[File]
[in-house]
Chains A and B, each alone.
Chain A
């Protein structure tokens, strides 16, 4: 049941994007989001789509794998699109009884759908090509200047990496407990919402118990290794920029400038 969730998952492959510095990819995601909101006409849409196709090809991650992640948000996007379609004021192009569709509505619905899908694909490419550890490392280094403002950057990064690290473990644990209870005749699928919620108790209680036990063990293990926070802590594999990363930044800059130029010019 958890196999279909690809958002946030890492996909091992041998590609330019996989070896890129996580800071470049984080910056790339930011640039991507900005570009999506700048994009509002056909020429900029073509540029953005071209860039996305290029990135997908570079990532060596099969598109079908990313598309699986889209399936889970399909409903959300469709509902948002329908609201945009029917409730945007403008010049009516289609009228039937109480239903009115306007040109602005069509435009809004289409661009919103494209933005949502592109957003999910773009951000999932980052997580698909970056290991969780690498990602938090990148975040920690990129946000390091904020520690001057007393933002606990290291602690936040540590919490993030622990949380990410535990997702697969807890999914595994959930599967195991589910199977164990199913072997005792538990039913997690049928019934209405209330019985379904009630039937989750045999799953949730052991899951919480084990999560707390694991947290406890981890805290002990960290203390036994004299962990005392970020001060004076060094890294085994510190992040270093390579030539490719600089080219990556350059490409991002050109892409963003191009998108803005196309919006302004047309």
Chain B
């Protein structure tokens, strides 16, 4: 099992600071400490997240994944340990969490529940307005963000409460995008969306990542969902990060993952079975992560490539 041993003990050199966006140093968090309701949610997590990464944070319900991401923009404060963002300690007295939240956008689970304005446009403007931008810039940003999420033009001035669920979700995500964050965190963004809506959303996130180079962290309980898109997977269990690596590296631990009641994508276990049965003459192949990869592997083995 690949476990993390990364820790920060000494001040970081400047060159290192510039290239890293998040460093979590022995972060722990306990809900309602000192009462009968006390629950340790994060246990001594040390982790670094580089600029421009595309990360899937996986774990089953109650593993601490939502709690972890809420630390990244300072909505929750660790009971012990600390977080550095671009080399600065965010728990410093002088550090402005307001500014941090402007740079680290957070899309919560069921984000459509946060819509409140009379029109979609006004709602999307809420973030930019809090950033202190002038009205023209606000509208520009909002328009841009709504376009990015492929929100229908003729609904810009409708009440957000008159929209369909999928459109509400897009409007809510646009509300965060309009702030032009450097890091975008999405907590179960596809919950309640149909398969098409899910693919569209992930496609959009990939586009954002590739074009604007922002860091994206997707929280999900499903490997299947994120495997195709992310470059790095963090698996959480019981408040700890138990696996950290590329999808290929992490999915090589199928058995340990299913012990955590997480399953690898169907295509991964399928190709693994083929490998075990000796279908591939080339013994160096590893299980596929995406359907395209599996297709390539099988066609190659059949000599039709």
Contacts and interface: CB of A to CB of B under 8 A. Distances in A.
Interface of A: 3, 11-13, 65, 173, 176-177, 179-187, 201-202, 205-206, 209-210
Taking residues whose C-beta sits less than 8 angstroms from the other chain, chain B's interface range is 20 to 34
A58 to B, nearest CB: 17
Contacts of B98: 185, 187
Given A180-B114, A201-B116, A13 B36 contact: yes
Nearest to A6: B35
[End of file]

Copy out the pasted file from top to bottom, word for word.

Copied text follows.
[in-house]
Chains A and B, each alone.
Chain A
């Protein structure tokens, strides 16, 4: 049941994007989001789509794998699109009884759908090509200047990496407990919402118990290794920029400038 969730998952492959510095990819995601909101006409849409196709090809991650992640948000996007379609004021192009569709509505619905899908694909490419550890490392280094403002950057990064690290473990644990209870005749699928919620108790209680036990063990293990926070802590594999990363930044800059130029010019 958890196999279909690809958002946030890492996909091992041998590609330019996989070896890129996580800071470049984080910056790339930011640039991507900005570009999506700048994009509002056909020429900029073509540029953005071209860039996305290029990135997908570079990532060596099969598109079908990313598309699986889209399936889970399909409903959300469709509902948002329908609201945009029917409730945007403008010049009516289609009228039937109480239903009115306007040109602005069509435009809004289409661009919103494209933005949502592109957003999910773009951000999932980052997580698909970056290991969780690498990602938090990148975040920690990129946000390091904020520690001057007393933002606990290291602690936040540590919490993030622990949380990410535990997702697969807890999914595994959930599967195991589910199977164990199913072997005792538990039913997690049928019934209405209330019985379904009630039937989750045999799953949730052991899951919480084990999560707390694991947290406890981890805290002990960290203390036994004299962990005392970020001060004076060094890294085994510190992040270093390579030539490719600089080219990556350059490409991002050109892409963003191009998108803005196309919006302004047309």
Chain B
């Protein structure tokens, strides 16, 4: 099992600071400490997240994944340990969490529940307005963000409460995008969306990542969902990060993952079975992560490539 041993003990050199966006140093968090309701949610997590990464944070319900991401923009404060963002300690007295939240956008689970304005446009403007931008810039940003999420033009001035669920979700995500964050965190963004809506959303996130180079962290309980898109997977269990690596590296631990009641994508276990049965003459192949990869592997083995 690949476990993390990364820790920060000494001040970081400047060159290192510039290239890293998040460093979590022995972060722990306990809900309602000192009462009968006390629950340790994060246990001594040390982790670094580089600029421009595309990360899937996986774990089953109650593993601490939502709690972890809420630390990244300072909505929750660790009971012990600390977080550095671009080399600065965010728990410093002088550090402005307001500014941090402007740079680290957070899309919560069921984000459509946060819509409140009379029109979609006004709602999307809420973030930019809090950033202190002038009205023209606000509208520009909002328009841009709504376009990015492929929100229908003729609904810009409708009440957000008159929209369909999928459109509400897009409007809510646009509300965060309009702030032009450097890091975008999405907590179960596809919950309640149909398969098409899910693919569209992930496609959009990939586009954002590739074009604007922002860091994206997707929280999900499903490997299947994120495997195709992310470059790095963090698996959480019981408040700890138990696996950290590329999808290929992490999915090589199928058995340990299913012990955590997480399953690898169907295509991964399928190709693994083929490998075990000796279908591939080339013994160096590893299980596929995406359907395209599996297709390539099988066609190659059949000599039709």
Contacts and interface: CB of A to CB of B under 8 A. Distances in A.
Interface of A: 3, 11-13, 65, 173, 176-177, 179-187, 201-202, 205-206, 209-210
Taking residues whose C-beta sits less than 8 angstroms from the other chain, chain B's interface range is 20 to 34
A58 to B, nearest CB: 17
Contacts of B98: 185, 187
Given A180-B114, A201-B116, A13 B36 contact: yes
Nearest to A6: B35